2. I am really glad I found this sight. It brings the flavor of refreshing country, resourceful natural simplicity that weakens the unwanted urban residues that build on the walls of a soul living so close to a large American city. Thanks for having such a cool and authentic blog Cathy. I will add this herb to my overhanging rail garden. Though I have to pass on the yummy Sorbet, the sugar is a big no, no for me:) love all the other practical and healthy suggestions.

      • Oh, I am sure it tastes magnificent. Perhaps there is a way to substitute the sugar. Perhaps a way to fuse the herb into the fruit sorbets I make using frozen fruit. Predominantly strawberries, berries, peaches, apricots and pineapple. I use a kitchen appliance called a Green Star which is also great for juicing, pasta, and nut butters.

  3. They always drop their leaves when you bring them inside. Just treat it like any other houseplant, and a couple of weeks later, it’ll grow new ones…Mine is getting ready to go back outside for the 4th year. That’s a true victory for me…wish I could say the same for the bay laurels I keep killing!

  4. Ich liebe den Duft von Verbene und auch den Tee. Das Sorbet sieht einfach fantastisch aus und regt dazu an, es nachzumachen. Herrlich frische Zitronen- Orangen- und sonstige Düfte!

  5. I was selling plants at our garden club plant sale yesterday Cathy and my lemon verbena cuttings went as soon as customers stroked the leaves 🙂 Mine overwinters in a cold greenhouse. Chocolate peppermint was really popular too!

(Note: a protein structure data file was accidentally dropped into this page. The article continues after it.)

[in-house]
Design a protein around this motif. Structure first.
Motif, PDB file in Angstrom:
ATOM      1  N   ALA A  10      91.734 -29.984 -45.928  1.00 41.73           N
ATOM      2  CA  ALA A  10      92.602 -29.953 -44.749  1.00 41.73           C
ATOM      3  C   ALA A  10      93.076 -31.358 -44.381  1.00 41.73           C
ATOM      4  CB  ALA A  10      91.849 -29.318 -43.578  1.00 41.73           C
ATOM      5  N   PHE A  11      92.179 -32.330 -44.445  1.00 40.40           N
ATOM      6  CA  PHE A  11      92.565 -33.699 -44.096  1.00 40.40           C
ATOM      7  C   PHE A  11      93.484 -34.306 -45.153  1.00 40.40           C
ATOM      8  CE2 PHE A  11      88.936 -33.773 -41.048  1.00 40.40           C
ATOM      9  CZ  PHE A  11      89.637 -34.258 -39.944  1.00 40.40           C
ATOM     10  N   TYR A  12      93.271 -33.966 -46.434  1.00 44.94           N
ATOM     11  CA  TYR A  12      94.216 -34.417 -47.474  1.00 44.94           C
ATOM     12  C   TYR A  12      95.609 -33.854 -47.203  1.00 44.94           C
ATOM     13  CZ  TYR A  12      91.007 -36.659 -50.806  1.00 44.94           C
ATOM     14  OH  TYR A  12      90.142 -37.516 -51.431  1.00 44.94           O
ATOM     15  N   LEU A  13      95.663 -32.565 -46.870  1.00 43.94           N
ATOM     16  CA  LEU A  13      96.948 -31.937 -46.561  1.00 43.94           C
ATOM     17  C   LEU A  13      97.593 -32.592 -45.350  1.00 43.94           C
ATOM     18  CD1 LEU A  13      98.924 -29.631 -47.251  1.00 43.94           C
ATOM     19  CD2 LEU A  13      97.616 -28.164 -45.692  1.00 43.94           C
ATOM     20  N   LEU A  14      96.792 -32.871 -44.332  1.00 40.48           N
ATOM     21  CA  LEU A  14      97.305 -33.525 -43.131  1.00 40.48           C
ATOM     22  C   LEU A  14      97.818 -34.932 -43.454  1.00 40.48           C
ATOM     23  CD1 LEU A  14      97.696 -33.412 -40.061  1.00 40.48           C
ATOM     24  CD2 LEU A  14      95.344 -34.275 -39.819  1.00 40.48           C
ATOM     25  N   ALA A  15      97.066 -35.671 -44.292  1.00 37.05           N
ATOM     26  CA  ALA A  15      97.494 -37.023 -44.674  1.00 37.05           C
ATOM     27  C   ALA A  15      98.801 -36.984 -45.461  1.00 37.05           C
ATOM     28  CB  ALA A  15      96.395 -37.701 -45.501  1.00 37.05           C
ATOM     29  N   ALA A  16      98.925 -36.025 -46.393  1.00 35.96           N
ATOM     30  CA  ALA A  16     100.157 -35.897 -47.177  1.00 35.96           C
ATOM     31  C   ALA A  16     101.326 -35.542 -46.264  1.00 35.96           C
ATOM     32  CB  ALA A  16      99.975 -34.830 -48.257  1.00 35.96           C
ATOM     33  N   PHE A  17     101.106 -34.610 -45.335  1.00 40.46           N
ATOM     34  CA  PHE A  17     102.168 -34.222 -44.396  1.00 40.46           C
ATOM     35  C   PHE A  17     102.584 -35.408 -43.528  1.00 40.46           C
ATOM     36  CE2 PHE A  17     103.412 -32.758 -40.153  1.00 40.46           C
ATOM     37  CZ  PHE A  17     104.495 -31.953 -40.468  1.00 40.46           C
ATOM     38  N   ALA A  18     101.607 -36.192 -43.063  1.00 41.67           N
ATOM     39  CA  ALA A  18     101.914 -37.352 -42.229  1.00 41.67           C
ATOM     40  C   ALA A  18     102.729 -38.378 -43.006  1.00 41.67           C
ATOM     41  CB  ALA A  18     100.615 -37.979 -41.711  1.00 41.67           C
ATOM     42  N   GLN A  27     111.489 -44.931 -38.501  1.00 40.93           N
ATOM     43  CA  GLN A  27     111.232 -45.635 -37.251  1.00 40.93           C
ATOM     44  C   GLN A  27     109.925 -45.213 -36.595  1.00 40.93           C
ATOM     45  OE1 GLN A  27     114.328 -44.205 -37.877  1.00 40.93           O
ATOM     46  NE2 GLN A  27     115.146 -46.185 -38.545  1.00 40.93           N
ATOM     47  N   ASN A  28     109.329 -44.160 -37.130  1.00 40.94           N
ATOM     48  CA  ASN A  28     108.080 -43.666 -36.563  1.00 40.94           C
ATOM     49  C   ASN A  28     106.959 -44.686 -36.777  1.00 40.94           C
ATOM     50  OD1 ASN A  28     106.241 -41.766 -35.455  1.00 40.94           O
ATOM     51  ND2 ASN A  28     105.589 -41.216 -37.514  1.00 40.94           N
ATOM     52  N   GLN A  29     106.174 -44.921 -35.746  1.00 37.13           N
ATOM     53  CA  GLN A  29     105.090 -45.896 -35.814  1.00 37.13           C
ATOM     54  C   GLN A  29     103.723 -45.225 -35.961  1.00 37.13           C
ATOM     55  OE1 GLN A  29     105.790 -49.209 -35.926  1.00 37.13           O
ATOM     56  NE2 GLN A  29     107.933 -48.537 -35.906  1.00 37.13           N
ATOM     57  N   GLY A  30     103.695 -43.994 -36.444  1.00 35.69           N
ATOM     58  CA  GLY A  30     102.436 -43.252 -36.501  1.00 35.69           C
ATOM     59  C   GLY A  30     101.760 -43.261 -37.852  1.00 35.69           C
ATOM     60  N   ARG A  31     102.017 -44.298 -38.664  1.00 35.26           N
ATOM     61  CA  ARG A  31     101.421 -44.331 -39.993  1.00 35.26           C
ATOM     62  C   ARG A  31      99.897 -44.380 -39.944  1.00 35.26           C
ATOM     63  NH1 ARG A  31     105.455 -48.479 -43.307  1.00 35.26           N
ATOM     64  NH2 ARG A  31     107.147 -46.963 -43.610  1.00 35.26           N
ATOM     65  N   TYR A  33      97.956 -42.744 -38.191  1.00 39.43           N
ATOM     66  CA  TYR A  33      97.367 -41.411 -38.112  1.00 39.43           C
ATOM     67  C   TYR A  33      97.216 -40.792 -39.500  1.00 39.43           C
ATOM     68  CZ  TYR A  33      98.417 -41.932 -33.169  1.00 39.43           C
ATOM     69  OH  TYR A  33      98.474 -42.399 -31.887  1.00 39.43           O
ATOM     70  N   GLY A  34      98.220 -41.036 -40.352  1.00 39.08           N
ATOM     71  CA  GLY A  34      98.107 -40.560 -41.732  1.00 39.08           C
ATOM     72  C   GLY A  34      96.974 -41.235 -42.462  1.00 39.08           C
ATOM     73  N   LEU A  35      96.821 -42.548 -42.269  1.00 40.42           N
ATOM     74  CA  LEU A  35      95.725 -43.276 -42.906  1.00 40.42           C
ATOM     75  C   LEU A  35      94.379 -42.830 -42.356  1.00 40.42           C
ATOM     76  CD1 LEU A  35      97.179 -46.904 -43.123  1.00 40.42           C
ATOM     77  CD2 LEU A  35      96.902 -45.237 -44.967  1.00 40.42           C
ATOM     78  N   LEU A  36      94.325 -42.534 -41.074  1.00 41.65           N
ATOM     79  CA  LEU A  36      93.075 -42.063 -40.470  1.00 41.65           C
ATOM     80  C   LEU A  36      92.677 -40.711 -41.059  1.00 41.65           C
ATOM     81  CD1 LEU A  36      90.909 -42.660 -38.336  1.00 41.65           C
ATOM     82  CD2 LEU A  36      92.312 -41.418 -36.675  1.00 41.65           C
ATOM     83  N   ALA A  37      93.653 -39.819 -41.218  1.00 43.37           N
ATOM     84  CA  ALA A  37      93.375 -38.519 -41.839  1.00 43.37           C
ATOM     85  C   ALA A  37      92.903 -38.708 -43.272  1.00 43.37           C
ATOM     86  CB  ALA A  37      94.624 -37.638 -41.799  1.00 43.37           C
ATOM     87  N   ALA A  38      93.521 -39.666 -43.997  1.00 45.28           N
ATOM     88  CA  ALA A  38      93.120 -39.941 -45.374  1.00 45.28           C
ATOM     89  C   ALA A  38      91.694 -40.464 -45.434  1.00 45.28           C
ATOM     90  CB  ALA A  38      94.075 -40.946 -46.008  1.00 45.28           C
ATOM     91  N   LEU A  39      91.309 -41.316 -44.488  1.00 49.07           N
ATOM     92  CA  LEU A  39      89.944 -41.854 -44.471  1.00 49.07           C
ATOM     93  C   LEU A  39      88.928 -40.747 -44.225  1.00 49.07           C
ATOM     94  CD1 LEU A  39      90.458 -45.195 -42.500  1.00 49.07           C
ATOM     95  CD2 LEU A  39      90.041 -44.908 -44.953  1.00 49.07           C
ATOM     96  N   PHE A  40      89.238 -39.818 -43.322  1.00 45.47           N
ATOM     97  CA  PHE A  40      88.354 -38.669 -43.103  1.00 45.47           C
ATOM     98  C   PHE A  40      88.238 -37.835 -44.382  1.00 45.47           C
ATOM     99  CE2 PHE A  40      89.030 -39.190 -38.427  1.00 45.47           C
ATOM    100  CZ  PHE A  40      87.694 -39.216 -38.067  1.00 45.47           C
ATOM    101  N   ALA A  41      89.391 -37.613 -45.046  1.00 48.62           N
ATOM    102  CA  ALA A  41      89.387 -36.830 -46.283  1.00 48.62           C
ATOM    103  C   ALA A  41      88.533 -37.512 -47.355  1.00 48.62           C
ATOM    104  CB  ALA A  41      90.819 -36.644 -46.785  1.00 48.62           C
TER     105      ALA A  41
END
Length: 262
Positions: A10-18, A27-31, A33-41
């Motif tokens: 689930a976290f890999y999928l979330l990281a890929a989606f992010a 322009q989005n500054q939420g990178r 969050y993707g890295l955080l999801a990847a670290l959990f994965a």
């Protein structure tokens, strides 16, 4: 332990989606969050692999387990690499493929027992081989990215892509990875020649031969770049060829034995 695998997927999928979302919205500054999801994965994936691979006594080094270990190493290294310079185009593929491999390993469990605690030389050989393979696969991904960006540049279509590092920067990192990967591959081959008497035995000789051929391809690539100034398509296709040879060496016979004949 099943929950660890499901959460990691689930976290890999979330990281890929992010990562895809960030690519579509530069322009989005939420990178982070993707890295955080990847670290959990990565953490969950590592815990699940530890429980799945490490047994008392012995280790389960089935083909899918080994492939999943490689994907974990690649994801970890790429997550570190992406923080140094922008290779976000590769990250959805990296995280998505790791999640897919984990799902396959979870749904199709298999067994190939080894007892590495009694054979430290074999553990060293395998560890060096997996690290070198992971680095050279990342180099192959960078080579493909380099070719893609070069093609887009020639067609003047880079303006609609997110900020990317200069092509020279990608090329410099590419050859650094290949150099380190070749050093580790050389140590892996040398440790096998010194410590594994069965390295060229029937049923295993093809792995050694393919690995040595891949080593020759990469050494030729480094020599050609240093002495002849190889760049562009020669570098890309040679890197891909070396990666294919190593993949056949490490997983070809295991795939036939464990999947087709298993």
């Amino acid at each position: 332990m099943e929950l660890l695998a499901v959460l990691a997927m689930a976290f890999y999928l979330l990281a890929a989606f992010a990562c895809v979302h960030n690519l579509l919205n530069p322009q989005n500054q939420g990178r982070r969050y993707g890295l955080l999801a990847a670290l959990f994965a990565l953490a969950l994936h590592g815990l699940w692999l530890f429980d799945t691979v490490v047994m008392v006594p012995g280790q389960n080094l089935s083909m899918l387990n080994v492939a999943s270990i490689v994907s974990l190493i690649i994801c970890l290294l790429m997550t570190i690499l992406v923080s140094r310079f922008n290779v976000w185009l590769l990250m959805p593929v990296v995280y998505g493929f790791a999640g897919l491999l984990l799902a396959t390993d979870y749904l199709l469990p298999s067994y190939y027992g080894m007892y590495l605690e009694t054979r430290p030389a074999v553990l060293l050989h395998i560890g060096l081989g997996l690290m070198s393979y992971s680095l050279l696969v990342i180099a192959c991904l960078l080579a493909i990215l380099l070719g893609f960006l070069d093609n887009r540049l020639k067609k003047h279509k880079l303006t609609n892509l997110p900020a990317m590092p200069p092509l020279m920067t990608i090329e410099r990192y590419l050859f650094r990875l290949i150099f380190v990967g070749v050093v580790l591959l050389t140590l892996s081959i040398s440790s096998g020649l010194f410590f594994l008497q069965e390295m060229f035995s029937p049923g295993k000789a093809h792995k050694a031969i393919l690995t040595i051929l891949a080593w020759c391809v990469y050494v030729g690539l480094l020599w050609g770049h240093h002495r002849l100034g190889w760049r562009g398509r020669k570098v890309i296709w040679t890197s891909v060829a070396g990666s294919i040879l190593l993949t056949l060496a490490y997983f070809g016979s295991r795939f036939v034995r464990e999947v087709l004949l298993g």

6. I love lemon verbena and lemon thyme also, have never heard of orange thyme, will have to seek it out!

    • It is also a lovely aromatic herb, and I had never seen it before either. I’m still searching for a mandarin sage to complete the tropical theme! 🙂

  7. What a remarkable little plant! And thank you for providing those lovely tips and a recipe, too! I’ve got a hankering to grow some of my own, now. 😉 Does this require full sun, or will it tolerate a lot of shade? (Unfortunately, I have just a wee bit of full sun in my yard–and that wee spot is completely taken up by other plants!)

    • Mine is in the full sun and loves it… like so many herbs they are glad of sun so I’m not sure if they would tolerate shade. Do you have space on a warm windowsill?

  8. Mmmmm! Sounds delightful! And so summery . . . I planted lemon thyme for the first time last summer and fell in LOVE with it! After what I hope will be the last freeze forecasted tonight, I’m looking forward to planting my herbs for this summer too!

  9. Lemon verbena is one I’ve never tried but do have a sunny windowsill for winter cosseting. The sorbet is definitey one to try today as the temps rise – thanks for the recipe, will try with lemon balm and lime juice

    • Hi Janet. I have tried, but our winters can go down to -20°C (-23°C last winter!), so they haven’t really got a chance! One came through a mild winter once, but then was so sickly and weak it hardly produced any leaves. Glad you can keep yours through the winter though. 🙂